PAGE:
LONDON (Reuters) - It is hard to believe a race that lasts barely 10 seconds can seriously mess up your mind but when it is the Olympic 100 metres final, there is little doubt it can.
Intrusive thoughts about failure and humiliation can plague sprinters for months before a race. The constant stress then starts to interfere with hormones in the brain, making sleep, concentration and training suffer.
As Jamaicans Asafa Powell and Usain Bolt know well, one false start can wreck hopes before a race has even begun and haunt the psyche for years.
While endless honing of fitness and form is crucial for the world's fastest human beings, it may be brain training that makes the difference between glory and defeat.
"By the time they reach this level, elite athletes are fit, they're fast, they've done their homework, they know who they're up against. So it's hardly ever a skills issue," said Pieter Kruger, a London-based sports psychologist who has worked with many elite athletes including the 2012 British Olympic team.
"At this point it becomes about the application of skills under pressure - that's where the psychology comes in."
On the face of it, the men most likely to be lining up for the 100 final on Sunday August 5 seem very different.
Sprint king Bolt, a laid back, light-hearted showman, is rarely lacking in confidence and appears far more relaxed than compatriot Powell - a known worrier who has struggled to get over pre-race nerves in the past.
America's fastest man Tyson Gay is softly spoken and humble, keen to avoid bold predictions and pre-race posturing.
He has found the psychological aspects of training, especially when coming back after an injury, particularly tough.
"When you're a little bit banged up it plays on you mentally a lot because you realise you only need to be 100 percent, feeling good, for one race - and that's the final," he said.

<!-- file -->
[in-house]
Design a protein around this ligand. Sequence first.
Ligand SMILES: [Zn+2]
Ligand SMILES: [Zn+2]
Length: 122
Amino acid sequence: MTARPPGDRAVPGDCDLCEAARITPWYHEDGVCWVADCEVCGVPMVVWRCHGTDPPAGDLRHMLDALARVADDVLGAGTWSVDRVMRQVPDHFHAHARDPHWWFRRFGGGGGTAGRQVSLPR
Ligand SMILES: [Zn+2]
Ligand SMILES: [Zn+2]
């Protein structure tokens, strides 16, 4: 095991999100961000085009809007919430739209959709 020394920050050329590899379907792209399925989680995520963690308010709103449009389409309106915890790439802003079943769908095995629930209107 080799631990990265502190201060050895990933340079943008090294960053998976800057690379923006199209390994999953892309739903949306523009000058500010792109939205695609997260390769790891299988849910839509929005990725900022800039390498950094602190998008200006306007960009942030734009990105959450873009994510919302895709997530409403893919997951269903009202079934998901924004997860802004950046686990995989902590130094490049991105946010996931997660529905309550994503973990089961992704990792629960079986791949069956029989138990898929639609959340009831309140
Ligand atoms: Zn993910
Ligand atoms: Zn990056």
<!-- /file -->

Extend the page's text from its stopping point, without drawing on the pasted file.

Powell knows he must ignore his rivals and focus on his own performance.
"I should just stay composed and run to the finish line," he told Reuters earlier this year. "You don't want any doubts in your head."
CONTROL THE CONTROLLABLES
Sports psychologists agree that is exactly the right approach but is far easier said than done.
"One of the worst things athletes have to deal with is something called anticipatory anxiety," explained Kruger.
"These are very intrusive thoughts. They start in the weeks leading up to a big race and they're often very much focused on outcome goals - in other words 'I need to win, I've spent four years training for this, I don't want to fail'."
If athletes cannot get a grip on these fears, they build to a point that produces a state of almost continual stress, triggering a constant secretion of the stress hormones cortisol and adrenaline in the body.
"That can really interfere with sleep patterns, recovery, training, rest - and when we're talking about milliseconds of difference between a first and a fifth place, all these things become incredibly important," said Kruger.
What team psychologists and coaches need to do is help athletes redirect those thoughts towards the process rather than the outcome, so their minds are focused on how to run their best race, not on obsessing about whether or not they can win.
"It's about controlling the controllables," said Kruger. "You can't control the outcome but you can control everything else in the process."
In a list of the top 10 questions an athlete must be able to answer correctly, American 400 metres great Michael Johnson said a crucial one is "What really matters right now?"
The answer? "The only thing that matters is the race you are about to run. The focus required to compete at this level and under this pressure requires an athlete to be totally in the moment".
Damon Burton and Thomas Raedeke, authors of "Sports Psychology for Coaches" suggest sprinters should have a clear race plan, possibly with cue words for each phase, and should mentally rehearse their race until it becomes second nature.
"Thinking too much is the worst possible thing they can do psychologically," said Burton, a professor of sport psychology at University of Idaho in the United States.
"You want sprinters in that situation to keep their minds clear, stick to a routine, react to the gun, and just do what they can do as best as they possibly can," he said in a telephone interview.
"The worst thing is if they start having nagging self doubts in the back of their minds."
So far at least, Bolt seems to have got that message.
"I have no worries," he told Reuters on Thursday. "It is not over-confidence. I know what I can do."
(Editing by Justin Palmer)